## Plot a graph of sum of neuron potentials in network?

Moderator: wwlytton

Posts: 50
Joined: Thu Jul 07, 2011 6:20 pm

### Plot a graph of sum of neuron potentials in network?

Hi,
I constructed a network and now try to plot its state during the simulation: e.g. how many neurons are spiking as a function of time. So, basically I have

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``````ncells=100
objectvar cell[ncells+1]
... (cell definition and connecting)
``````
For instance, I need to plot how many somas (cell.soma.v) have voltage above -40 mV at each time point (or similar def. of spiking event)
I know it must be trivial, but I am new to hoc and not sure how to make the plot of sum of variables and update it during the simulation.

Can anybody give me an advice how to do this? Thank you!

ted
Posts: 5686
Joined: Wed May 18, 2005 4:50 pm
Location: Yale University School of Medicine
Contact:

### Re: Plot a graph of sum of neuron potentials in network?

Assign a unique integer to each cell, then use the NetCon class's record() method to capture all spike times to one vector, and the corresponding cell IDs to another. Then you can do whatever you want (e.g. discover if a particular subset of cells is firing slow or fast or whatever). Read about the NetCon class here
http://www.neuron.yale.edu/neuron/stati ... tml#record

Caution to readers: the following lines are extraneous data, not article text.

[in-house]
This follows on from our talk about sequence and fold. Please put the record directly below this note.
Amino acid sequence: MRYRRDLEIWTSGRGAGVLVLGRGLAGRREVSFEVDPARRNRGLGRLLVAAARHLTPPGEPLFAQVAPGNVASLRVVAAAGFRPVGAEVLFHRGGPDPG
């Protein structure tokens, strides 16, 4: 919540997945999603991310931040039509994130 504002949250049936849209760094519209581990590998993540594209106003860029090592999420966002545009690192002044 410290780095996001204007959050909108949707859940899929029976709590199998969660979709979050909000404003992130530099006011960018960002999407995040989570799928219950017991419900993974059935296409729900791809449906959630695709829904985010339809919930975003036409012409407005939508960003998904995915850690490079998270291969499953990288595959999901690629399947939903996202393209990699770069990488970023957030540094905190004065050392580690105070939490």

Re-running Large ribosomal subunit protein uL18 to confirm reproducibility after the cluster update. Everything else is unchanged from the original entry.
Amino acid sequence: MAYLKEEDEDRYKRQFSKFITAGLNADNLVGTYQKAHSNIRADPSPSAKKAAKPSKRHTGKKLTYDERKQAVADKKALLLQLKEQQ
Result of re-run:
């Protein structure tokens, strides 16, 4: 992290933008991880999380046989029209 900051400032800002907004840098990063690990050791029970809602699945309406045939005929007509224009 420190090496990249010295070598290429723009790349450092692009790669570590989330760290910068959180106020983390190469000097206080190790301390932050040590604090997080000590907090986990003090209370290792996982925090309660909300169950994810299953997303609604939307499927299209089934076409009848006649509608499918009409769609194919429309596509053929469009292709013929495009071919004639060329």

For working examples see
Hines, M.L. and Carnevale, N.T.
Translating network models to parallel hardware in NEURON.
J. Neurosci. Methods 169:425-455, 2008.
Preprint available from http://www.neuron.yale.edu/neuron/nrnpubs, source code available from ModelDB http://senselab.med.yale.edu/modeldb/

Posts: 50
Joined: Thu Jul 07, 2011 6:20 pm

### Re: Plot a graph of sum of neuron potentials in network?

Thank you. I actually followed examples in your book and added a procedure update_plot() to the step()

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``````proc step(){local i
if(using_cvode_){
} else for i=1,nstep_steprun{
}
update_plot()
}

proc update_plot(){
sum_spiking=0
v_thresh=-40
for i=1,ncells{
if(cell[i].soma.v>=v_thresh){
sum_spiking=sum_spiking+1
}
}
graph1.mark(t,sum_spiking,"O",1,2,1)
graph1.flush()
}
``````
Kinda poor man approach, but worked out.
Trying the NetCon methods is probably better?

ted
Posts: 5686
Joined: Wed May 18, 2005 4:50 pm
Location: Yale University School of Medicine
Contact:

### Re: Plot a graph of sum of neuron potentials in network?

The approach I described produces very compact output (two numbers per spike) that completely describes the activity of the network. All processing of these results must be done offline (although with slight modification it could produce "live" results). It imposes a computational burden that is proportional to the number of spikes, and independent of the number of cells, integration step size, or simulation duration. Your approach generates a single number that reflects total activity in the network integrated over a rectangular window equal to spike width at the threshold level, and requies no postprocessing. It imposes a burden that is proportional to numberofcells*runtime/dt, but this isn't a big problem if the net is small. However, if spike width changes, so does the integration window; is that OK with you?